Nashville-based Americana artist Brooks Daugherty, a graduate of Centerville High School, celebrates the release of his new EP, The Dakota Hill, at Hannah s in Dayton on Friday, March 9. CONTRIBUTED

Brooks Daugherty: Nashville transplant draws on hometown talent

Americana artist Brooks Daugherty isn’t striving to be a mainstream country act, but he has found the perfect creative community in his adoptive home of Nashville. However, some of his collaborators migrated to Music City just like the Centerville High School graduate.

His new EP, “The Dakota Hill,” gets its official release at Hannah’s in Dayton on Friday, March 9. The material was recorded with a rhythm section of fellow southern transplants, Kieran Conley (bass) and Jonn Bostwick (drums).

“My goal was not to create the best thing we could,” Daugherty said recently. “I don’t even know if that’s attainable but I wanted to create this document. We did this project with literally no budget, but I’ve got so many talented friends and everybody was willing to help out.

“I actually had guys from Dayton play on the recordings,” he continued. “The live tracking was with Kieran and Jonn, two guys from my high school. It feels great to have my buddies on board with it. And it really is a Dayton project. I’m not even releasing it in Nashville until two weeks after the Dayton release. That’s where my family and friends are, that’s where my heart is.”

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Daugherty recorded the tracks with Nashville-based producer Don Bates.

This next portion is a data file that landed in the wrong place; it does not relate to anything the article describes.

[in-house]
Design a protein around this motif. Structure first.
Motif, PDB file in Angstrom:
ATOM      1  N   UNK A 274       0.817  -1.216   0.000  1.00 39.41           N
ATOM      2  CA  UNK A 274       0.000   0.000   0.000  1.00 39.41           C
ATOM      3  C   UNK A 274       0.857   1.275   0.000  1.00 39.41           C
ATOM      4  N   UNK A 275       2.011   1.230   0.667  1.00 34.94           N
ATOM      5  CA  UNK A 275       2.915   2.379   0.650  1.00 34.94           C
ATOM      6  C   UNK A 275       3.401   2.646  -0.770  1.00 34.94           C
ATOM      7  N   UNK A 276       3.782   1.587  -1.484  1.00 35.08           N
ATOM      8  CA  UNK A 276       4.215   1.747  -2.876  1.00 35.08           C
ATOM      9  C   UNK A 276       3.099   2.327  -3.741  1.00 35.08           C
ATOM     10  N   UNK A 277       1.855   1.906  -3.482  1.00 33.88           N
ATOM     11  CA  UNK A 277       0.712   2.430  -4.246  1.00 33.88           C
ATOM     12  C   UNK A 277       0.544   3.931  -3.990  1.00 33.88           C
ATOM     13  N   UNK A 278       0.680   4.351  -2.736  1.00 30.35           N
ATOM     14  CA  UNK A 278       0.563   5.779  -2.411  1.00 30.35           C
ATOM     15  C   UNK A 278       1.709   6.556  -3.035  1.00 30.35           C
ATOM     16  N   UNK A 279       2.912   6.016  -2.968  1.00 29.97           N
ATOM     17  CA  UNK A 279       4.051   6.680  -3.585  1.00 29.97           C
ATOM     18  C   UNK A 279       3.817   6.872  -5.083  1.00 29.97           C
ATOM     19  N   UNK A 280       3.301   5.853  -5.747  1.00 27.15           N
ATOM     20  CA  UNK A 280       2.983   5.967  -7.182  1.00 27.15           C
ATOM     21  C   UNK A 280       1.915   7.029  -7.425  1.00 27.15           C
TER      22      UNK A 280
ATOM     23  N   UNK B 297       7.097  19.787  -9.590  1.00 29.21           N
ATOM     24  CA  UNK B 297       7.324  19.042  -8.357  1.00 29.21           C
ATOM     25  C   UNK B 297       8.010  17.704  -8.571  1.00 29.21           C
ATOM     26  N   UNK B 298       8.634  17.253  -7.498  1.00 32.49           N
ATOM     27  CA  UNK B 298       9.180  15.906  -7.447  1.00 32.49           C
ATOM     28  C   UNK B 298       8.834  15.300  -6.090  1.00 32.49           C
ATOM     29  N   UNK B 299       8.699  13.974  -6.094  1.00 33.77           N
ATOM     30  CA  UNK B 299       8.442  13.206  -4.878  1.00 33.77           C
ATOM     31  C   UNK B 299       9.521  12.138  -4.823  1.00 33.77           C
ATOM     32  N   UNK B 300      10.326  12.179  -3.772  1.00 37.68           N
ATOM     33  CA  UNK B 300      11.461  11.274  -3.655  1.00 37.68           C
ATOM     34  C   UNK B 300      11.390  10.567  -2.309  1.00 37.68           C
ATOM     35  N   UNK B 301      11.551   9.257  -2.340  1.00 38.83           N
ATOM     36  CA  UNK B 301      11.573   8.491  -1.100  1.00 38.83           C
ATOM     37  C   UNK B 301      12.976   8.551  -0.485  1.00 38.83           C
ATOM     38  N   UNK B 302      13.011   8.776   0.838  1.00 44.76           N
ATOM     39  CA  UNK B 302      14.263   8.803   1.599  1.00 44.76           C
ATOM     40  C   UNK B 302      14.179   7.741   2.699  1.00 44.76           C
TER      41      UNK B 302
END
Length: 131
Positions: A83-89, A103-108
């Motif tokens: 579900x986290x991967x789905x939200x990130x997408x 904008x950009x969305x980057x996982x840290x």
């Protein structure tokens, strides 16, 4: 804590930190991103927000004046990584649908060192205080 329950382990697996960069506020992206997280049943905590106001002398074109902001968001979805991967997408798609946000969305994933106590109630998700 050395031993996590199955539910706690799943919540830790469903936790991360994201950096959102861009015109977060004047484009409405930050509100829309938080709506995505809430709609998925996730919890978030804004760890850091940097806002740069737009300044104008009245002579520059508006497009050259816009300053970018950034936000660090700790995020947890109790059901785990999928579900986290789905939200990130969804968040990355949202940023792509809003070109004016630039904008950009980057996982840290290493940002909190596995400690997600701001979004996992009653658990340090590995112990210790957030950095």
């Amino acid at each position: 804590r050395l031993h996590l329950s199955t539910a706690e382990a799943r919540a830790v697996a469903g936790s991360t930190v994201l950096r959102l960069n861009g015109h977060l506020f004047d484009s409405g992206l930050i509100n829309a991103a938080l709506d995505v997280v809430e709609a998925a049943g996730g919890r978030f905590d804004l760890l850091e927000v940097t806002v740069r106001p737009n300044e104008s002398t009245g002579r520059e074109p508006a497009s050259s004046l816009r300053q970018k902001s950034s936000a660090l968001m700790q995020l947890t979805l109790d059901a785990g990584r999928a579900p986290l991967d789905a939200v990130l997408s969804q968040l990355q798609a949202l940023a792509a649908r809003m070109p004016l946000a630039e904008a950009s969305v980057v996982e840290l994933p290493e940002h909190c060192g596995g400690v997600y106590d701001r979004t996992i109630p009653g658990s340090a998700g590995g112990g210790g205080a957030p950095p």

“I started recording the EP in September so we didn’t spend a long time working on it,” Daugherty said. “I didn’t want to go in and do a big production. I wanted to keep most of it live to keep that raw feel — so we went in and tracked the three-piece live. We did a scratch vocal and we ended up keeping some of those takes.

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“We liked them because they captured that raw vibe,” he said. “We were in the studio four or five days for the whole thing and most of the recording was done in the first two days. The other days were for overdubs and vocals.”

Daugherty credits Bates with capturing the gritty, roots-rock sound he wanted.

“Don is getting tons of work,” Daugherty said. “He’s getting some of the best sounds in Nashville. He’s got a great console and tons of great gear. The studio is beautiful. It’s been a refuge where we can come in, hang out and record. Don is a really close friend of ours, and we’ve wanted to work together for years and we finally got that opportunity.

“I’m so happy I got so many of my friends together to record my songs,” Daugherty added. “It’s been a community effort, which I really love.”

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